Any individual seeking a divorce in England and Wales must satisfy the court that it has the power to deal with the case on the basis of that individual or their spouse’s links to this country, but the manner in which they do this can, in some cases, have serious financial consequences.
To establish the necessary links, the party seeking a divorce must rely on the technical legal concepts of habitual residence and domicile.
“Habitual residence” essentially means the place where a person’s life is currently based, on a settled basis. “Domicile” is a more complex concept, and but refers to the country which a person has permanent links with, and an intention either permanently to remain in, or to return to. An individual can live in another country for decades and still consider themselves domiciled in England. At birth, a person gains a “domicile of origin” from their parents and that domicile can be displaced through them, as an adult, gaining a different “domicile of choice”. Neither concept is straightforward and it is important to take legal advice if you are unsure of your position. It should also be kept in mind that domicile for the purposes of divorce is not the same as domicile for tax purposes.
It is entirely possible for an individual to be habitually resident in one country but remain domiciled in another, and this is increasingly common in the modern world. Importantly, where an individual cannot demonstrate that they or their spouse are habitually resident in England, and only one of them are domiciled here, the foundation of their divorce petition has a major weakness, which in some cases can have very serious financial consequences.
This was demonstrated in the recent decision in the case of AJ v DM. The wife in that case had relied on only her domicile within the divorce petition – known as filing a “sole domicile” petition. She had not claimed that she or her husband were habitually resident in England and Wales at the time of her petition (they had both been living in St Lucia) and, as he was Irish, she could not claim they were both domiciled here.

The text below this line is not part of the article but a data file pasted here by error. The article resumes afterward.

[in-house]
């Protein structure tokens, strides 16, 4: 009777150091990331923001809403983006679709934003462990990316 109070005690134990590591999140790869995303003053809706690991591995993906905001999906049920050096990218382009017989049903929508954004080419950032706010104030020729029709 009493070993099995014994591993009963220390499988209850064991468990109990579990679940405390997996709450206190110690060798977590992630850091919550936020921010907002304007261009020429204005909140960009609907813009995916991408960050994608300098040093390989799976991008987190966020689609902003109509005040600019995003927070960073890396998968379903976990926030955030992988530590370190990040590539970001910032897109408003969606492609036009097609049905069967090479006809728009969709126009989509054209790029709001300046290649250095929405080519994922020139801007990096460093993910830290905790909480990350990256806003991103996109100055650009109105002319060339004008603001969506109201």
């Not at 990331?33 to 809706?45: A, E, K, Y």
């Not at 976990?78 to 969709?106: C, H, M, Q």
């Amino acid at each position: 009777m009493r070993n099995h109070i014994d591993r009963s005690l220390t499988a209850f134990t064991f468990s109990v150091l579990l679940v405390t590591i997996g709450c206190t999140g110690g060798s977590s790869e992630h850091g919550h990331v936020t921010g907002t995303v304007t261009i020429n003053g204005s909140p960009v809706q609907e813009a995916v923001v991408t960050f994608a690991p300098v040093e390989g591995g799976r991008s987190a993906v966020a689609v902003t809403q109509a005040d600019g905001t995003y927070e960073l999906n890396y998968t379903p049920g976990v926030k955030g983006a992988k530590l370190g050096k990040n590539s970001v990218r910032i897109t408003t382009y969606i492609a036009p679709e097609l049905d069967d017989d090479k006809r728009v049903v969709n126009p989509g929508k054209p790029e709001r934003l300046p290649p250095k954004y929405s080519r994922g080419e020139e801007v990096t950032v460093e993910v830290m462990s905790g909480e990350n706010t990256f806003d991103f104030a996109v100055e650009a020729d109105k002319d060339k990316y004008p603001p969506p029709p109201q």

Relying on just one spouse’s domicile to found a divorce petition in England should not be done lightly, as sole domicile petitions have important restrictions on them flowing from Council Regulation (EC) No 4/2009 (known as the EU Maintenance Regulation). The legal position is complex, but essentially means that no maintenance orders can be made when the divorce is based on sole domicile. Maintenance in this context is very widely defined to include, essentially, any needs-based award, and so, unless the parties have assets that can be divided on the basis of the concept of sharing, rather than needs, no award can be made by the English courts.
In AJ v DM, the court refused the wife’s application to amend her petition to add habitual residence as a jurisdiction ground, because the judge found that, as a matter of fact, she would not be able to prove that she was habitually resident here. Since the couple had no capital, and the only real asset was the husband’s income, the wife’s sole domicile petition meant she could not pursue any financial claims in the English courts.
The case highlights the importance of giving careful thought to the jurisdictional grounds for a divorce petition and of taking careful legal advice on how to complete the divorce petition, including these important jurisdictional points, from the very beginning of a case, to avoid early decisions causing significant and irreversible damage later down the line.
As the legislation governing this point will change significantly post-Brexit, anyone considering filing a sole domicile petition should also ensure that they take legal advice on the timing and the potential consequences of doing so.